Week Sixteen newsletter
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Oh boy!

Blitz harvest of winter squash, an exhilarating way to get the fruit out of the field

Ian and I were putzing along on Tuesday, as farmers can at the end of September. Things slow down enough that there's finally a chance to read the newspaper and enjoy a cup of coffee in the morning before starting the days chores. We worked on preparing the root cellar for storage, harvested some pumpkins, picked up the butchered chickens, and ate a leisurely lunch. By the time we delivered the pumpkins to Eco Gardens at 5 that evening, we learned of the string of rainy days ahead-oh no! All of a sudden it became imperative that we get the winter squash out of the field AND cover crop the melons, carrots, beets, and pumpkins. And the sun had already started it's descent to the horizon!

We harvested well past sunset and successfully got the squash all out of the field before the rains started. I've written about the rush of accomplishing a task before the weather sets in in newsletters in the past, but it sure is exhilarating to say the least! I'm not saying that I like to give 150% ALL the time, but every now and then is a thrill. It was a great way to spend my last day of mobility before I went into surgery for my ruptured achilles tendon on Wednesday. 

We harvested well over 5,000 lb of squash. Butternut, delicata, and acorn. We barely have enough space to store it all!
Our laying hens have enjoyed their lives out at the farm and have given us a wonderful season full of eggs. We are thankful for them. On Monday we brought them to the butcher and have filled up my freezer full of delicious stew hens. Chickens that have had a full life of laying eggs make awesome croc pot chickens. They are not as tender and as meaty as broiler hens, but they make a mean chicken noodle soup or chicken stew. I just ate one I had croc potting all day after the squash harvest and it was delicious. I am selling our hens frozen and whole for $2.75/lb. These hens are smaller than your average bird. Please e-mail me at to reserve yours!
CSA Pumpkin Hootenany and Potluck!

I'd like to invite you all out to the farm one last time this season!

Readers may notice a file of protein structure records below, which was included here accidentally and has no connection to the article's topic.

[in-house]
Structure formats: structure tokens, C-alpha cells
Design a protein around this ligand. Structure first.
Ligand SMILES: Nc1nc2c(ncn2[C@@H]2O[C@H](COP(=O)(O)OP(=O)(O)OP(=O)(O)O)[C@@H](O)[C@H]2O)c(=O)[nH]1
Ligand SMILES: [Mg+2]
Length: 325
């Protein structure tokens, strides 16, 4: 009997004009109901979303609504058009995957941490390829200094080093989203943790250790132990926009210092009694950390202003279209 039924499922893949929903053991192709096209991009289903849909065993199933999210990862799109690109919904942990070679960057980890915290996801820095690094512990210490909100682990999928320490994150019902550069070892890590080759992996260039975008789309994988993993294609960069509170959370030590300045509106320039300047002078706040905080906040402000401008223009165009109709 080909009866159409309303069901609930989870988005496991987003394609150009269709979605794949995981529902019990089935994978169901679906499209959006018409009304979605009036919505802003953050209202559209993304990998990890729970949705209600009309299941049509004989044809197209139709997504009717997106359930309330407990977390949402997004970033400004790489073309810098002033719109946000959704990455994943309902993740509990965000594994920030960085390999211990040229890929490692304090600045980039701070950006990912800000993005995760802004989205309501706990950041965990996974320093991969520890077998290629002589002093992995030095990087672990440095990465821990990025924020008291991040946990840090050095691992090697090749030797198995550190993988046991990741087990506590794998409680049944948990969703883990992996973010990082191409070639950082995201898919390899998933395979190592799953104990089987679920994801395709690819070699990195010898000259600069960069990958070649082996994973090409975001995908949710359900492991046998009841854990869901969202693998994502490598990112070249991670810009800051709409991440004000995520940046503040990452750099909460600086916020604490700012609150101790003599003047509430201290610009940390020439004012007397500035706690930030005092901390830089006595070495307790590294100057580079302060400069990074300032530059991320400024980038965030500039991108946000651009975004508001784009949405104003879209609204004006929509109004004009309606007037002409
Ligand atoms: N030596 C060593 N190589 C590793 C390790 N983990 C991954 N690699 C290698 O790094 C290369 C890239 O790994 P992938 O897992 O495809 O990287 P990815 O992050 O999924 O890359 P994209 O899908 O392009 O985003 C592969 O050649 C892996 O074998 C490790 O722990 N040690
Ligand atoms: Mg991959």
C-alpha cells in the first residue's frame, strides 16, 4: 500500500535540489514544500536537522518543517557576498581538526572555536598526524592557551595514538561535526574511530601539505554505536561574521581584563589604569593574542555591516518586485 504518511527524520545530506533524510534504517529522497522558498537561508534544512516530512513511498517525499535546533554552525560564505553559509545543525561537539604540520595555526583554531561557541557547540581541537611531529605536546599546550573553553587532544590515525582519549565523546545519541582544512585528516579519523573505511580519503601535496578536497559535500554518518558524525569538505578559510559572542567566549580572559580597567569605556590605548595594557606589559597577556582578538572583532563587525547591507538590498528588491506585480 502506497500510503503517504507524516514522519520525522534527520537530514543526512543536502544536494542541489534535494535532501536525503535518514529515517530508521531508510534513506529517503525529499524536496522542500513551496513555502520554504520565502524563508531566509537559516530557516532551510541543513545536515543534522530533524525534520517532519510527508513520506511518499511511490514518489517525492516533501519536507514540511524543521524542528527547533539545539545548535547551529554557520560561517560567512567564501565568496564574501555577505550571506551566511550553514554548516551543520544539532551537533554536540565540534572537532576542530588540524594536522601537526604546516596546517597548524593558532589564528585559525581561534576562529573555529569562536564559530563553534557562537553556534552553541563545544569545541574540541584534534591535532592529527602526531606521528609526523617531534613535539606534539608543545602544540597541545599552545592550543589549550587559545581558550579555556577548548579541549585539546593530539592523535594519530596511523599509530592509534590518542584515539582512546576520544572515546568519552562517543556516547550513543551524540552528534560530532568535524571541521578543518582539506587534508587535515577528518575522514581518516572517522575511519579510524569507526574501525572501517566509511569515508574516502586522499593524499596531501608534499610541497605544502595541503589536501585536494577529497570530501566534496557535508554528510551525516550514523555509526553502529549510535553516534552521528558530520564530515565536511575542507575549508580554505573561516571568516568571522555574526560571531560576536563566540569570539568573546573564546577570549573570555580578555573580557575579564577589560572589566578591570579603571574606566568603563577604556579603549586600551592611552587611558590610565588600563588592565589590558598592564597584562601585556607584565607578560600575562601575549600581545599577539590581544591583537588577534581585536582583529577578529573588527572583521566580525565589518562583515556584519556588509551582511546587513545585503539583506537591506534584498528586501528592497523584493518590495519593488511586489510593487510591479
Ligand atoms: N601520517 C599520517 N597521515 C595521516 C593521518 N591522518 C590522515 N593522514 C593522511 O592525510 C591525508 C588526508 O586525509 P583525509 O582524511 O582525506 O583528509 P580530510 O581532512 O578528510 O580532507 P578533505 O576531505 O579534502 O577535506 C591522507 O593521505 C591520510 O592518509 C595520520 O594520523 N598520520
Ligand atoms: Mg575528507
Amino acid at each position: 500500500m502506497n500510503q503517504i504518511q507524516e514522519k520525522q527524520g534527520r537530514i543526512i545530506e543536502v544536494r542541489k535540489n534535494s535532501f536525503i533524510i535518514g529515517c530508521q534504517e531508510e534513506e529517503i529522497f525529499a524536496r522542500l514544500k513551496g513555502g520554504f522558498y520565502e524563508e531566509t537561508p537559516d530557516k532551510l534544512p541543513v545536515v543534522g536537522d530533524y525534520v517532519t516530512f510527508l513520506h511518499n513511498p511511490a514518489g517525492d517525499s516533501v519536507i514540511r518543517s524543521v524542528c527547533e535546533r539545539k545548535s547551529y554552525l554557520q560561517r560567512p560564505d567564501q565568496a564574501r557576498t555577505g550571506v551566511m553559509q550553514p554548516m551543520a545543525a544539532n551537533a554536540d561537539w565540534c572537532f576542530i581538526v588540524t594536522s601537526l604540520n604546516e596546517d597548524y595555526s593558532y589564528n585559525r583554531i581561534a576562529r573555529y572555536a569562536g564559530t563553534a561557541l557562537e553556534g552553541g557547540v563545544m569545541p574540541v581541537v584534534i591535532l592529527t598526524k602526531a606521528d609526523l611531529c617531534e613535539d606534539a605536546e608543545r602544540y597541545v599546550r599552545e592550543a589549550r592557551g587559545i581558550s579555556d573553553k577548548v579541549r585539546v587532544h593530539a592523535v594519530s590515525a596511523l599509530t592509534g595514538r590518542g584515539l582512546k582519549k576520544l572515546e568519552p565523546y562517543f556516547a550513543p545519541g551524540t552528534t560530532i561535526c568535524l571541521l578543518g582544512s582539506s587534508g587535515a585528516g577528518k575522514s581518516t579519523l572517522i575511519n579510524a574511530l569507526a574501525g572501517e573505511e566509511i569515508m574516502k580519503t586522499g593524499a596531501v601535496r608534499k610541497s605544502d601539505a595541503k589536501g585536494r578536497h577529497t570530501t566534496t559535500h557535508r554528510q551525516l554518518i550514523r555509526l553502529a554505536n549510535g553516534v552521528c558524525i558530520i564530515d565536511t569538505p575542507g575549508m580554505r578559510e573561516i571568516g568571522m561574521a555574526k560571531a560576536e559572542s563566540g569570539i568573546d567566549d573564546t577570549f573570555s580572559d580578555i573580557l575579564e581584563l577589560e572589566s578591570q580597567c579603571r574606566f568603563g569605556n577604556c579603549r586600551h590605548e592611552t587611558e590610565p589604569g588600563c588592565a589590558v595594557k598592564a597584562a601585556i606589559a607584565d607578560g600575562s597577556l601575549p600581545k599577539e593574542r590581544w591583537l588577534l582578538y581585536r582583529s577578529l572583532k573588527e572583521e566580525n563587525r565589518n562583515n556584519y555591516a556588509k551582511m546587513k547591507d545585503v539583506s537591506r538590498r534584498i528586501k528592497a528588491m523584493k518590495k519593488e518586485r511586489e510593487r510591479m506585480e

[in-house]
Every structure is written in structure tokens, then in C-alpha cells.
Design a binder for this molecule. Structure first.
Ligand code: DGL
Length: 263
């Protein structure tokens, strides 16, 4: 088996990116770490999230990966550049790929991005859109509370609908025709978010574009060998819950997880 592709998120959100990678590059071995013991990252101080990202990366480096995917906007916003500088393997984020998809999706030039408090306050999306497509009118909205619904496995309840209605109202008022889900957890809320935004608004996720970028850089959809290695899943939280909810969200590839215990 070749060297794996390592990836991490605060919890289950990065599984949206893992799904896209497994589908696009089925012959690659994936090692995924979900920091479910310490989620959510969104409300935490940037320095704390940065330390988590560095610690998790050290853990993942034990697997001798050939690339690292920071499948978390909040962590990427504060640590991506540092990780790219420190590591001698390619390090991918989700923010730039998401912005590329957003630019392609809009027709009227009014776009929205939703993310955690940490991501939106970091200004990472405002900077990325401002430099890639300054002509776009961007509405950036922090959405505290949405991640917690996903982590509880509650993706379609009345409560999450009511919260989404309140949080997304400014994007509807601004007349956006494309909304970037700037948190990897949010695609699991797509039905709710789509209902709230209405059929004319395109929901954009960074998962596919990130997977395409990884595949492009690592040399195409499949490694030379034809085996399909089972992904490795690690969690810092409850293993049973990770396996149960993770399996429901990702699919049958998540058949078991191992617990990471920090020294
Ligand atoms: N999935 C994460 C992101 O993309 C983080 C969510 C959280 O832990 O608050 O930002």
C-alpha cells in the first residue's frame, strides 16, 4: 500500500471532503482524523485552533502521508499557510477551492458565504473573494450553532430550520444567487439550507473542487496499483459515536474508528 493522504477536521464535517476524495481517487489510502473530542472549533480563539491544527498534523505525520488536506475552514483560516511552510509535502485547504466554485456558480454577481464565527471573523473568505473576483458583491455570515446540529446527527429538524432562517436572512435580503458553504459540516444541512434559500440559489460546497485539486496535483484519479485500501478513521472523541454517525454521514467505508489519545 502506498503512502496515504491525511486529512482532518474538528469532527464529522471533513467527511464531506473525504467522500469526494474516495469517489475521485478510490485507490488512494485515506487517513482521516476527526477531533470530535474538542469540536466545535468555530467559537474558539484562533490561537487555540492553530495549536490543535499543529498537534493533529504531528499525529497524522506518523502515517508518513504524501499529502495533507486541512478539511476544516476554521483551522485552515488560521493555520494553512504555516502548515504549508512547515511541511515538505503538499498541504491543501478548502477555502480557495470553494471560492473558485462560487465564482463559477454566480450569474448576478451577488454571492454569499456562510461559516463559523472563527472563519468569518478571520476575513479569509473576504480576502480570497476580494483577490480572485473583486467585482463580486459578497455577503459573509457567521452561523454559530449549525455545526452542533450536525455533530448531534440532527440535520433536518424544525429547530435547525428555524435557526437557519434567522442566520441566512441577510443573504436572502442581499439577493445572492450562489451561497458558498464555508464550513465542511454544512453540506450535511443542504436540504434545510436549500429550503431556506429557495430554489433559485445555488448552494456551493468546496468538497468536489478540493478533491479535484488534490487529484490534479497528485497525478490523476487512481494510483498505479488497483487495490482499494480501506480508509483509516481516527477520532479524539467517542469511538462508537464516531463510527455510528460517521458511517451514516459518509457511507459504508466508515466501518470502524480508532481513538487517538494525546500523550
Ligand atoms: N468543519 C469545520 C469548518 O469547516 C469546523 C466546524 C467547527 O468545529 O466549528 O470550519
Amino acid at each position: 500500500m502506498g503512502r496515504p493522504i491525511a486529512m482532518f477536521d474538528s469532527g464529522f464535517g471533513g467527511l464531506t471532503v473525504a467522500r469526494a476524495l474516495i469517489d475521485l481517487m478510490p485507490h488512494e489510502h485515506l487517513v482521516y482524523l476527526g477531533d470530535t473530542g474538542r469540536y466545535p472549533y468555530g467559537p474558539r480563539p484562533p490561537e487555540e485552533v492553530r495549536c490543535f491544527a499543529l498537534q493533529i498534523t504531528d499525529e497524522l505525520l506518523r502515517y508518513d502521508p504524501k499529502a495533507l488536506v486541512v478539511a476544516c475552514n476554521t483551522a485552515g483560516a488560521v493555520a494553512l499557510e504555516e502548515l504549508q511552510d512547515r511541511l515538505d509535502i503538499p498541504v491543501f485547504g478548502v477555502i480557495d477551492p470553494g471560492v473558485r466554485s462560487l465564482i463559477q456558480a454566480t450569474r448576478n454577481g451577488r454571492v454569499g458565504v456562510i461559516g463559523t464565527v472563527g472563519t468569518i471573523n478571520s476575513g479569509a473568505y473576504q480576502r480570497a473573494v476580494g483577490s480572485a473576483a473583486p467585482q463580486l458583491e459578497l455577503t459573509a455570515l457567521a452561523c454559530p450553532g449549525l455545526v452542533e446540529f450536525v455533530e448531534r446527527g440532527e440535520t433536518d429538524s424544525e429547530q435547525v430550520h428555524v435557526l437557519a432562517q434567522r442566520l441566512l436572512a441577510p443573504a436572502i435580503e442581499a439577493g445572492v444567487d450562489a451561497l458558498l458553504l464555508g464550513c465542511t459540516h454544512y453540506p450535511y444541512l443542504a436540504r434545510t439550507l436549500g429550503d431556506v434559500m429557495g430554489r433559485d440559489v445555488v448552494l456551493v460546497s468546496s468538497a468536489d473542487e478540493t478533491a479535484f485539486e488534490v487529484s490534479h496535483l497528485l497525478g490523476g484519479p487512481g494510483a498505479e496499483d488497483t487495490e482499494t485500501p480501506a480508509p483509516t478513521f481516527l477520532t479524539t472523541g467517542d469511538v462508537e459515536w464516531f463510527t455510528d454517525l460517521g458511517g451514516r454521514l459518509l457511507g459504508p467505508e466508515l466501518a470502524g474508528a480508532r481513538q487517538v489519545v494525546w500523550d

Who: CSA members and friends of the farm
What: Celebrate the fall harvest by carving a jack-o-lantern (harvest your own from our pumpkin patch), having a bonfire, share a meal together, enjoying a slice of Seeds Pumpkin Pie, get to know other CSA members, check out the farm
Why: To celebrate the end of the bountiful season and to have a blast!
When: Friday, October 10th from 5:30-whenever the bonfire burns out
What to bring: Please bring a dish to share, your own eating utensils and beverages, warm clothes, and a blanket to picnic on

We'd love to see you at the farm, hope you can make it!
In your box you'll find

Delicata Squash
Acorn Squash
Celeriac-what is it? Think of a mix of potato and celery...look for a recipe below!
Salad mix
Roasted Chicken with Delicata squash, onions, and Mushrooms

My sister made this dish for me last fall and it is one of those dishes where you look at the ingredients and you think you'll know what it tastes like, but when you take your first bite, you are blown away with flavor! It's pretty simple and can be made with or without the chicken. I like to use delicata squash best because this variety of squash is especially sweet.
  • 2 delicata squash, halved lengthwise, seeded, and sliced 1/4-inch thick
  • 1 pound cremini mushrooms, trimmed and halved
  • 1 large red onion, cut into 1/2-inch wedges
  • 8 garlic cloves, crushed
  • 1 tablespoon olive oil
  • Coarse salt and freshly ground pepper
  • 4 bone-in chicken breast halves (10 ounces each)
  • 1 tablespoon dried rosemary, crumbled

  • STEP 1

    Preheat oven to 375 degrees. Combine the squash, mushrooms, onion, garlic, and oil in a roasting pan; season with salt and pepper, and toss to coat. Roast until the squash is beginning to soften and all the vegetables are heated through, about 15 minutes.

  • STEP 2

    Meanwhile, lift up the skin from the chicken breasts; rub the flesh withrosemary and some salt and pepper. Replace the skin; season the chickenall over with more salt.

  • STEP 3

    Remove the roasting pan from the oven, and place the chicken, skin side up, on top of the vegetables. Return to the oven; continue roasting until the chicken is cooked through and the vegetables are tender, about 35 minutes.



Level one end of the celery root.

Peel the celery root and cut into sticks for fries.

Drizzle with just a little bit of oil (of your preference) and sprinkle with salt (to help pull out the moisture).

Bake at 400 degrees for about 40 minutes, stirring 3 times so they brown evenly.

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